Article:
With less then a minute left Maynard finally got a takedown, but was unable to improve his position or land any telling blows. Still, after four minutes of feeling each other out, Maynard stole the round with a single takedown.
The rest of the fight was rinse and repeat. The second round saw more of the same with Maynard controlling the pace of the bout. Florian simply couldn't stop the takedown and Maynard controlled him on his way to an easy decision.
The third round was looking to go the same way as Keith Florian was losing his voice from bellowing his shrill cries for nearly fifteen minutes before Kenny decided to start working his jiu-jitsu. It was too little too late as Maynard was able to defend two omoplata attempts and secure his decision victory in a snoozefest.
The crowd wasn't split at all. They were solidly behind Marcus Davis, chanting "Diaz sucks." But with a series of looping punches, Nate Diaz split the Irish Hand Grenade's eye open in the first round.
Davis was covered in blood, but with referee Yves Lavigne's timely plea to the doctor to let them fight, the show went on. Lavigne saved Davis' chances but it didn't help him much in the long run. The next round and a half saw Diaz just work on the cut until it was a giant gaping hole.
The huge cut on the right eye gave Diaz a target, one he wasn't afraid to hit again and again. By the opening of round three, the cut was enormous and even the referee was begging Davis to protect his eye.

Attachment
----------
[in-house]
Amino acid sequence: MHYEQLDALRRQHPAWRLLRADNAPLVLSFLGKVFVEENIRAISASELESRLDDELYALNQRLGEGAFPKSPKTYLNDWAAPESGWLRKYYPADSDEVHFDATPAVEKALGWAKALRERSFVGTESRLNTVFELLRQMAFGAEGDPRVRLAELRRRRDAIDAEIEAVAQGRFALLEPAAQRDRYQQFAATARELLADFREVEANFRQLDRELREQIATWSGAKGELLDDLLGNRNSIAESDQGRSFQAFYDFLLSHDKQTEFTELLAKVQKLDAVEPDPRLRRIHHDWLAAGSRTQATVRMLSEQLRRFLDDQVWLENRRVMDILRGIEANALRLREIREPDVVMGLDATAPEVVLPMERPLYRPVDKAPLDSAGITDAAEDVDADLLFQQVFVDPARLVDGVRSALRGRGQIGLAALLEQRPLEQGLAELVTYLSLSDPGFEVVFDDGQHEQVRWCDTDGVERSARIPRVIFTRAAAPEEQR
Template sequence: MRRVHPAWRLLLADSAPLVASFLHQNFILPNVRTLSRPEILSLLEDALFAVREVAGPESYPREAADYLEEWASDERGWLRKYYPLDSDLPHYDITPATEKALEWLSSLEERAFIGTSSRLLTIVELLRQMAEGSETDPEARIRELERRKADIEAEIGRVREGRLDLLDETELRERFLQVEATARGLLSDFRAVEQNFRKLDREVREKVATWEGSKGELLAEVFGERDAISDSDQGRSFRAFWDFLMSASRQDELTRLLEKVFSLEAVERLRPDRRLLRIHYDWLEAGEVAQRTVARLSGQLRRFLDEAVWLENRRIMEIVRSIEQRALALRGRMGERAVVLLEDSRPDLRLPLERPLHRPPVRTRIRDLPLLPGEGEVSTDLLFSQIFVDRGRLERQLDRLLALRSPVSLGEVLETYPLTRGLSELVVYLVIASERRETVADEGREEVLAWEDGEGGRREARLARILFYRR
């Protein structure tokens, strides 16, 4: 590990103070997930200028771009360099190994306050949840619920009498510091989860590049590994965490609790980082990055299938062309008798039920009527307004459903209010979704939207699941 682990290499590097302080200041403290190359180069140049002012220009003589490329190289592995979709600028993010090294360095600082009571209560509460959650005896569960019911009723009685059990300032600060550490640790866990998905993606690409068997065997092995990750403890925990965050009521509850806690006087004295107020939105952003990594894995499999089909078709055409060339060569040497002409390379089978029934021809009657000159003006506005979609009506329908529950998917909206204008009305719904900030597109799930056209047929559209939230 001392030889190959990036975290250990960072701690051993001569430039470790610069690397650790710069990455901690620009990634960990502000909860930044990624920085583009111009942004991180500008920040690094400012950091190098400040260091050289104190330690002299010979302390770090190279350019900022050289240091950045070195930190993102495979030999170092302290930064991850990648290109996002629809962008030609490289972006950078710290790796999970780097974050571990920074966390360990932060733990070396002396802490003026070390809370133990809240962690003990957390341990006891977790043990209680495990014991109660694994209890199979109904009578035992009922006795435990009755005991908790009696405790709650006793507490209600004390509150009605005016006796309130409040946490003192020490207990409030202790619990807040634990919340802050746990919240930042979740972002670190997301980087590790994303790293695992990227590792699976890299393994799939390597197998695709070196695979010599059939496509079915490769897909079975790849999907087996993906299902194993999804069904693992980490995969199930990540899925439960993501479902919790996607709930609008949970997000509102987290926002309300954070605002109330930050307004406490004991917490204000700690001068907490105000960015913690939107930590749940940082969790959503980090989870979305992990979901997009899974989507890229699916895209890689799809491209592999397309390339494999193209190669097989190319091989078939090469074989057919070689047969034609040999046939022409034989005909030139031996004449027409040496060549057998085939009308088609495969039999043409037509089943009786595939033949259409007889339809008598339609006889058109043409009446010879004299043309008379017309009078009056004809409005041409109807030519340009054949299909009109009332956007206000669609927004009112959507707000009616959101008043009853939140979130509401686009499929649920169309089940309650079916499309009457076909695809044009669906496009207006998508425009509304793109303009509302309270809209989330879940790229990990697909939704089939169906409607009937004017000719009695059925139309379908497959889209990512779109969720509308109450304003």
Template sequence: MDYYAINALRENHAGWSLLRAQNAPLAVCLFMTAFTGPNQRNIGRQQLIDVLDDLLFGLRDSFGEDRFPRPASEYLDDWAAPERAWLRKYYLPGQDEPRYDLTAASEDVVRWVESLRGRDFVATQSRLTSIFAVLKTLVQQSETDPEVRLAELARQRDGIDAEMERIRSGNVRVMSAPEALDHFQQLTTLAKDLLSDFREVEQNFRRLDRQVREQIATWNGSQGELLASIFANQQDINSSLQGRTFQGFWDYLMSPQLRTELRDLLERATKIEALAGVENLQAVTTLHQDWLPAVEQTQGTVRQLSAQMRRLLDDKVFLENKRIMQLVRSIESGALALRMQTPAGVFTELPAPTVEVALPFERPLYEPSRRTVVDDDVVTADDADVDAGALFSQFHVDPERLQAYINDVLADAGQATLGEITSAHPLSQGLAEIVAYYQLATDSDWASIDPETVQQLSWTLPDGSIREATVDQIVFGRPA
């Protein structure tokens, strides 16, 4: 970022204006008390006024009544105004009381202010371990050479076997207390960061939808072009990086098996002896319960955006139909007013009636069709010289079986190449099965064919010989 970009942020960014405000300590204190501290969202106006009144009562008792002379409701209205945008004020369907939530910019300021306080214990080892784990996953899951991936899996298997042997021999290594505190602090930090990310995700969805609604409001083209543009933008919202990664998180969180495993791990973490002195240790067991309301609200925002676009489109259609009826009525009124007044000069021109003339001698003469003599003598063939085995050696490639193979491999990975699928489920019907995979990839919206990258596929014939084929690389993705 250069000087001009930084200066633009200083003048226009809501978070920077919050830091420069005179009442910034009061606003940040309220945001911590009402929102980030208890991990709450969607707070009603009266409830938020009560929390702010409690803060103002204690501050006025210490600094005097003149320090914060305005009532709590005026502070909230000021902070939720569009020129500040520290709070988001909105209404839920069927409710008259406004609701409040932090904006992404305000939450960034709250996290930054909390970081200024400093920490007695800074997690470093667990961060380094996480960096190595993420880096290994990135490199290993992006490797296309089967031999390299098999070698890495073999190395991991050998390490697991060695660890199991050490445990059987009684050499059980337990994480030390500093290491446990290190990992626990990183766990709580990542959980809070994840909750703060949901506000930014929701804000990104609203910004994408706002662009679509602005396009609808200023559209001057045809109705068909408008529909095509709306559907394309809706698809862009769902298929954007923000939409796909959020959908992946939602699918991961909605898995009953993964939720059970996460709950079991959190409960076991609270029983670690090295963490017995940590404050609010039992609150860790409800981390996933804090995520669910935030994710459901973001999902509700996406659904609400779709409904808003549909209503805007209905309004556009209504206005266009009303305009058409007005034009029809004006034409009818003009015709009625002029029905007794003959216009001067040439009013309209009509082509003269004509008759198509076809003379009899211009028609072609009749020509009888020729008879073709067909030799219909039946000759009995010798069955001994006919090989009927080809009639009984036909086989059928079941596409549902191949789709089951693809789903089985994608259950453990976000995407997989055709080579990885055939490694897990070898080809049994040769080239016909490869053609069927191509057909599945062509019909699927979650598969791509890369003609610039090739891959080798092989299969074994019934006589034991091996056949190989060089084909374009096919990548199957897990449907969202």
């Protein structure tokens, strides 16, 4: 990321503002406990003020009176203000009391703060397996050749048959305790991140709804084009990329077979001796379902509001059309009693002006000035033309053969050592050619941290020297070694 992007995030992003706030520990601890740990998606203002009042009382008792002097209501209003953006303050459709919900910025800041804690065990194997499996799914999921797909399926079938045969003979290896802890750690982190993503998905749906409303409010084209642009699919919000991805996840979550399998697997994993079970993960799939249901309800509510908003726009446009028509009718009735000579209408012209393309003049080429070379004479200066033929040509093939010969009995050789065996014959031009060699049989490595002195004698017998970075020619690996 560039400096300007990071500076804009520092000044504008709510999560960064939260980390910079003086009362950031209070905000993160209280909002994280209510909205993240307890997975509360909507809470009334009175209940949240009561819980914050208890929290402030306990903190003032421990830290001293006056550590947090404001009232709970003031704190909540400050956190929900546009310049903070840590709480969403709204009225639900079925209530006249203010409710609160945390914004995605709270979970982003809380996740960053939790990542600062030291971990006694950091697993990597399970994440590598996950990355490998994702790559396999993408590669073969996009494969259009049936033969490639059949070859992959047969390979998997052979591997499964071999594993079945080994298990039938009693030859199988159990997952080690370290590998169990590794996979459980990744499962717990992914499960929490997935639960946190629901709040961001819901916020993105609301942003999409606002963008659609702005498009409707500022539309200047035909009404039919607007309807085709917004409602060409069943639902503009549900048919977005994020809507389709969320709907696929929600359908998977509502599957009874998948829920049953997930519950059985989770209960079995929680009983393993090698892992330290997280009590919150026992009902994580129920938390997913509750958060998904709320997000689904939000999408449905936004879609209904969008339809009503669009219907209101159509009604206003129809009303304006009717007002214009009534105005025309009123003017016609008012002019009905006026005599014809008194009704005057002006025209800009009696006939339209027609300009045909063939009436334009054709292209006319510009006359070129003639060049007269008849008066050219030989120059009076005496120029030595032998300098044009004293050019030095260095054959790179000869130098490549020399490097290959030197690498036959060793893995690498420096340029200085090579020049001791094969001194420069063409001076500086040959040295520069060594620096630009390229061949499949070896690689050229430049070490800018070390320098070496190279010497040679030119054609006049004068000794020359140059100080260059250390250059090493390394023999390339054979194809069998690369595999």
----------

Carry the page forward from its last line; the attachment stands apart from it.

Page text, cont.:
After taking it to Davis for most of the fight standing, Diaz finally decided to take it to the ground. He quickly passed guard and finished the fight with a super tight guillotine. If I ever want someone to suffer serious damage, I'll recommend Yves Lavigne oversee the affair.
Gabe Ruediger's best move this weekend was bringing a cake with him to the weigh ins. It said "Sorry for your loss."
He gave it to Joe Lauzon, but probably should have kept it for himself.
The first round went fast and furious, as Lauzon quickly got the fight to the ground and was all over Ruediger who did his best to defend. They changed positions more times in the first minute and a half than vintage Ron Jeremy before Lauzon finally began raining down strikes.
For two minutes, Lauzon demolished Ruediger. He tossed him to the mat, took his back, mounted him, and pounded away.
Eventually, Ruediger gave up an arm which Lauzon was able to twist into an armbar to finish the fight in front of his hometown crowd. Boston finally seems satiated in their quest to see wanton destruction.
Before Lauzon wowed them, the crowd in Boston wasn't shy about letting the fighters in the night's opener on SPIKE TV know how they felt. Boos and chants of boring rained down on Andre Winner, but he might not have heard them with Nik Lentz smothering him for three rounds.
Winner, the runner up on the eighth season of The Ultimate Fighter (TUF), was never able to unleash his vicious standup on the Minnesota based wrestler.
"An ugly, ugly win for Nik Lentz," Joe Rogan told the world. Truer words have rarely been spoken.
That’s enough from us — now it’s your turn to discuss "Edgar vs. Penn 2" in the comments section below. Sound off, Maniacs.
For complete UFC 118 results and detailed blow-by-blow commentary of the televised main card fights click here.